Clutch.jpgMayville State University faculty, staff, and students organized and hosted a multicultural festival and invited the community to take part Wednesday, April 8. The goal of the celebration was to promote cultural recognition and respect, to celebrate the diversity of the Mayville State campus and the Mayville community, and to honor the community’s heritage and diversity. The Mayville State Office of Diversity and Division of Education and Psychology spearheaded the event, with MSU diversity coordinator Marcelo Campoverde leading the charge.

The Campus Center was the site for late afternoon cultural events, including dancing by Allan Nota and Lloyd Marimbire, MSU students from Zimbabwe, and Paul C. Perez demonstrating salsa dancing. Students enrolled in HPER 206 at Mayville State demonstrated American folk dance, as well as dancing representing the countries of Ireland, Bavaria, and Norway.

Those making cultural presentations highlighting various countries were Alicia Loiland, Poland; Madeleyne Gallardo, Hondruas; Khwaja Hossain, Bangladesh; and Debbie Hagen, Norway. Cynthia Shabb with the Global Friends Coalition had a booth, as did Emiko Kingsbury, demonstrating Japanese art. Poster boards were created by a number of students.

The finale of the celebration was a concert held in the Classroom Building Auditorium from 7:00 to 9:00 p.m., which included dancing representative of Bangladesh by Sumaiya Alam and dancing by Allan Nota and Lloyd Marimbire, both from Zimbabwe.

sumaiya_alam.jpgA four-member band comprised of brothers David (piano and vocalist), Nate (bass guitar) and Jon Paul (drums) Snyder from Thompson, N.D. and their friend Lucas Campoverde (guitar) from East Grand Forks, Minn. performed a couple of selections. No Longer Simon is a group of young men, childhood friends, who met at church and who love to play music.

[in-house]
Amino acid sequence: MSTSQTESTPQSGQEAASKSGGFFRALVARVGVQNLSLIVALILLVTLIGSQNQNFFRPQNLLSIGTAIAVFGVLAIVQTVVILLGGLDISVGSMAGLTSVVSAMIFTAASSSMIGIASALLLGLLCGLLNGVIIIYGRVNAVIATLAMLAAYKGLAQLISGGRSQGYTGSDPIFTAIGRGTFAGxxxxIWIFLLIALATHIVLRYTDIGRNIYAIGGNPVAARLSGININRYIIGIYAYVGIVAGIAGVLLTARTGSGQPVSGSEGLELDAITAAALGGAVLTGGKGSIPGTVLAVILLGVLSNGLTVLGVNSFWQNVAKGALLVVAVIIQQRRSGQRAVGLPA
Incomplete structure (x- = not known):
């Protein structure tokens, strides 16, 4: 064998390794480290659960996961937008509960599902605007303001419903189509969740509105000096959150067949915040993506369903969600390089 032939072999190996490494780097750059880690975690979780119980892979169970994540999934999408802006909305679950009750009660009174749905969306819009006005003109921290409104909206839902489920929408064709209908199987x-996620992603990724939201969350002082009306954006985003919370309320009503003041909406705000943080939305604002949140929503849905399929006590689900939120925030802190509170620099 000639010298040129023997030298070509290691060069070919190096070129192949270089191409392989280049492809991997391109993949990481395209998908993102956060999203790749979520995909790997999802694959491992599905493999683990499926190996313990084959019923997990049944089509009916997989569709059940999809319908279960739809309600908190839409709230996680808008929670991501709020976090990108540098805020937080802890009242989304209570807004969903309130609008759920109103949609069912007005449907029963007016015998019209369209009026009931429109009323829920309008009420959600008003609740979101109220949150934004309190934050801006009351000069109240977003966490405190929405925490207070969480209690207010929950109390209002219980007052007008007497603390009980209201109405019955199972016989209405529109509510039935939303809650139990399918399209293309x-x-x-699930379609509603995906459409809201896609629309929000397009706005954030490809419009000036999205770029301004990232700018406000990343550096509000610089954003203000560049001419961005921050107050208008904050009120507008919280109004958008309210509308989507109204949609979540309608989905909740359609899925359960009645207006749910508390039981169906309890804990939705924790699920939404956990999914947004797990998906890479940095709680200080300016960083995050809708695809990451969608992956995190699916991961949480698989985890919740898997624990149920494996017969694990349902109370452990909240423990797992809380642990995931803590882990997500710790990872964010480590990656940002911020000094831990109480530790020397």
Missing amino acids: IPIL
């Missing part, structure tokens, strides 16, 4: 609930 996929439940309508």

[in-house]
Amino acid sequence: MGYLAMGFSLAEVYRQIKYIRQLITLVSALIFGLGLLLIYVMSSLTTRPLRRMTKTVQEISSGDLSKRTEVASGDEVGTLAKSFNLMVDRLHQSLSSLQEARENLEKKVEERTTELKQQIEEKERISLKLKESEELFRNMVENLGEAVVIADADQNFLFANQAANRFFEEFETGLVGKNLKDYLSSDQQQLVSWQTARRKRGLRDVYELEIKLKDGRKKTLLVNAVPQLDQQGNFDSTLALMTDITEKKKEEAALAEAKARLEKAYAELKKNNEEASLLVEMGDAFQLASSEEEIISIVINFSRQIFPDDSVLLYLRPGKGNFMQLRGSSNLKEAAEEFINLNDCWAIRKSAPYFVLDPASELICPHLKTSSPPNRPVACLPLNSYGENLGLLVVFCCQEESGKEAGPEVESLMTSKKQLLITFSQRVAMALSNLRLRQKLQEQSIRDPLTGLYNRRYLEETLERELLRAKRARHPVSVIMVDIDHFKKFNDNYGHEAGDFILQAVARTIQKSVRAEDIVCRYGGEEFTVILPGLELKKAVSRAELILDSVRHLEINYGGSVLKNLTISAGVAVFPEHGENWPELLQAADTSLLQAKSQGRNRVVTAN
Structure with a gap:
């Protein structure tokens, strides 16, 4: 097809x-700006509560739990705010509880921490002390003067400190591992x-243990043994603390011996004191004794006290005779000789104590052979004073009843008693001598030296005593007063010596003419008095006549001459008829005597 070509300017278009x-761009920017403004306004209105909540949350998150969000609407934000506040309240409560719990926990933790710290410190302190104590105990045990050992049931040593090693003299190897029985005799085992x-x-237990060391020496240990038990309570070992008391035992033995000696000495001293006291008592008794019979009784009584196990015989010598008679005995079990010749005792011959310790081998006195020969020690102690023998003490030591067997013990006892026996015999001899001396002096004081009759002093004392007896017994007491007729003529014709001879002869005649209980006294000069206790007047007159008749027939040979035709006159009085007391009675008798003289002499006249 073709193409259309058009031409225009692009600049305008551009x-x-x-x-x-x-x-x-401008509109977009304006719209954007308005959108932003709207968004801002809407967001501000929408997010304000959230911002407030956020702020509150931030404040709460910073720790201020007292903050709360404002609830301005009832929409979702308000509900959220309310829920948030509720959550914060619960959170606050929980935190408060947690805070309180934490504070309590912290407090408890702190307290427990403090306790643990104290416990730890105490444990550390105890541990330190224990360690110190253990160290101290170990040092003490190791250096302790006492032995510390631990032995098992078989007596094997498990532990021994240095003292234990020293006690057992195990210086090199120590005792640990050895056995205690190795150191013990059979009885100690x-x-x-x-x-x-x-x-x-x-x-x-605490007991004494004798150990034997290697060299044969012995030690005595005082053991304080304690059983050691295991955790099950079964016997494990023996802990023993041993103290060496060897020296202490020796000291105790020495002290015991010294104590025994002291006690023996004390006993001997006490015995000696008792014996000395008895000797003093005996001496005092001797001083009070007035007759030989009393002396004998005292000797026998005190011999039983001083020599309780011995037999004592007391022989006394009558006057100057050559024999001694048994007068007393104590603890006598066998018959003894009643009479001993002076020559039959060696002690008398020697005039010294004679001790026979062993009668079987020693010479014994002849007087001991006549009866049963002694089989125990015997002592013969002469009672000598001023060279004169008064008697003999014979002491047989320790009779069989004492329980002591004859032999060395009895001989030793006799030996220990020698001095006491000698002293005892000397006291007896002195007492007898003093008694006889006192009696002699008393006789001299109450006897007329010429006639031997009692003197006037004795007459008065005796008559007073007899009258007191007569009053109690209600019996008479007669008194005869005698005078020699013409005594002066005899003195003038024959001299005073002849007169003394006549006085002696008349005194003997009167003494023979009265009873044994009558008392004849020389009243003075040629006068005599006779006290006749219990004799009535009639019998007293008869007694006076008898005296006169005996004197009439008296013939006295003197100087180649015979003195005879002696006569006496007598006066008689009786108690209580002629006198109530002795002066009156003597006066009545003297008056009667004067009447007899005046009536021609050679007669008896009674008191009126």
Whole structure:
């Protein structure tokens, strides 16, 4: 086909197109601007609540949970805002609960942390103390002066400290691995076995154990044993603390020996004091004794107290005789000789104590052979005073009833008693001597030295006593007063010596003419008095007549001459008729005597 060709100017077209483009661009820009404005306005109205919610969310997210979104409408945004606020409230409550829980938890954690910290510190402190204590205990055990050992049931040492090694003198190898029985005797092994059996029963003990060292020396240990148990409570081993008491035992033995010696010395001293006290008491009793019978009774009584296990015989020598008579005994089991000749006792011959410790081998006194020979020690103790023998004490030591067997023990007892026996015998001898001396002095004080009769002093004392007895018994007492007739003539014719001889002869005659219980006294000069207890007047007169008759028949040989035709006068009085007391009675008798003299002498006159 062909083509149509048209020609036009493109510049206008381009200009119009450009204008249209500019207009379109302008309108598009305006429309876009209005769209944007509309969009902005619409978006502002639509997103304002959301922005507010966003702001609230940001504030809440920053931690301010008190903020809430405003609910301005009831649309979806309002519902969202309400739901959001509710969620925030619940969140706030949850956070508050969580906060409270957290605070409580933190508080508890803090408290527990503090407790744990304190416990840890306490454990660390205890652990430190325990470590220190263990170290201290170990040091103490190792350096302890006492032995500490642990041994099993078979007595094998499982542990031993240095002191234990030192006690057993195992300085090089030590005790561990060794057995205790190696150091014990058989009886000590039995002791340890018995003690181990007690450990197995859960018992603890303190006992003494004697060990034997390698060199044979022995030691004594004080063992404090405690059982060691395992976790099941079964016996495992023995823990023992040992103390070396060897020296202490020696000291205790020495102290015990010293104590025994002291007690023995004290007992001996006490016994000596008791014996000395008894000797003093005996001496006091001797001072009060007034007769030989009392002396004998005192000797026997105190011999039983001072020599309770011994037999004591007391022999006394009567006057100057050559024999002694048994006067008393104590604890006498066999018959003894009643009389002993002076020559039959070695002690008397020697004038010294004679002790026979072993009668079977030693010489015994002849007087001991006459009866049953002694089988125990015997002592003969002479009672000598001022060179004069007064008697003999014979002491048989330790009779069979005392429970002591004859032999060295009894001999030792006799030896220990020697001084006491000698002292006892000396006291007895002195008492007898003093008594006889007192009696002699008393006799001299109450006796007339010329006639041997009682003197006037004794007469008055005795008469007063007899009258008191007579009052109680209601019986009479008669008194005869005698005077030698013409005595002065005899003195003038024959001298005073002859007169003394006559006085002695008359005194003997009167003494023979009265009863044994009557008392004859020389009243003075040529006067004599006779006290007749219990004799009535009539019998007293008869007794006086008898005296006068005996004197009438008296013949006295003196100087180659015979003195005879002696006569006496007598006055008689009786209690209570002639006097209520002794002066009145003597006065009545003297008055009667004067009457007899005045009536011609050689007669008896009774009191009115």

Christina Vallejo and her father, Jhonny Vallejo, award-winning vocalist and keyboard player from Cuenca, Ecuador, delighted the audience with their selections which incorporated a variety of rhythms and styles from several Latin American countries.

The concert concluded with an outstanding and lively performance by the Lincoln High School Choir from Thief River Falls, Minn., under the direction of Darcy Reese. The choir’s highly energetic performance celebrated diversity.

The group is made up of auditioned juniors and seniors. Since 2001, the choir has produced an annual spring show that focuses on diversity in our world. The choir has studied Jewish, African American, and Native American music. The spring shows are brought to New York City every other year. These shows have been performed at St. John the Divine and Jazz at Lincoln Center in the famous Allen Room overlooking Central Park.

vallejo.jpgA highlight of this portion of the program was a piano solo performed by the choir’s accompanist, senior Aaron Fagerstrom. His seemingly effortless performance amazed the audience, bringing the crowd to their feet at the conclusion of the song. 

Photo captions: 

Top: MSU students from Zimbabwe, Allan Nota and Lloyd Marimbire, also known as Clutch, danced for audiences at the afternoon and evening sessions of the April 8 multicultural festival at Mayville State.

jamcy_kudee_soloist.jpgSecond: Sumaiya Alam performed a traditional dance from Bangladesh.

Third: Jhonny Vallejo (keyboard) and his daughter Cristina (vocalist) performed a number of selections representing a variety of Latin American countries.

Fourth: Thief River Falls junior Jamcy Kudee sang a couple of solo parts during the Lincoln High School choir performance.

Bottom: Lincoln High School senior Isaiah Burkel (left) read Invictus during the choir’s performance of Yungay Me Twalo. Jamcy Kudee (center) and Aaron Fagerstrom (right) provided percussion for the selection. Fagerstrom is also piano accompanist for the choir.yungay_me_twalo.jpg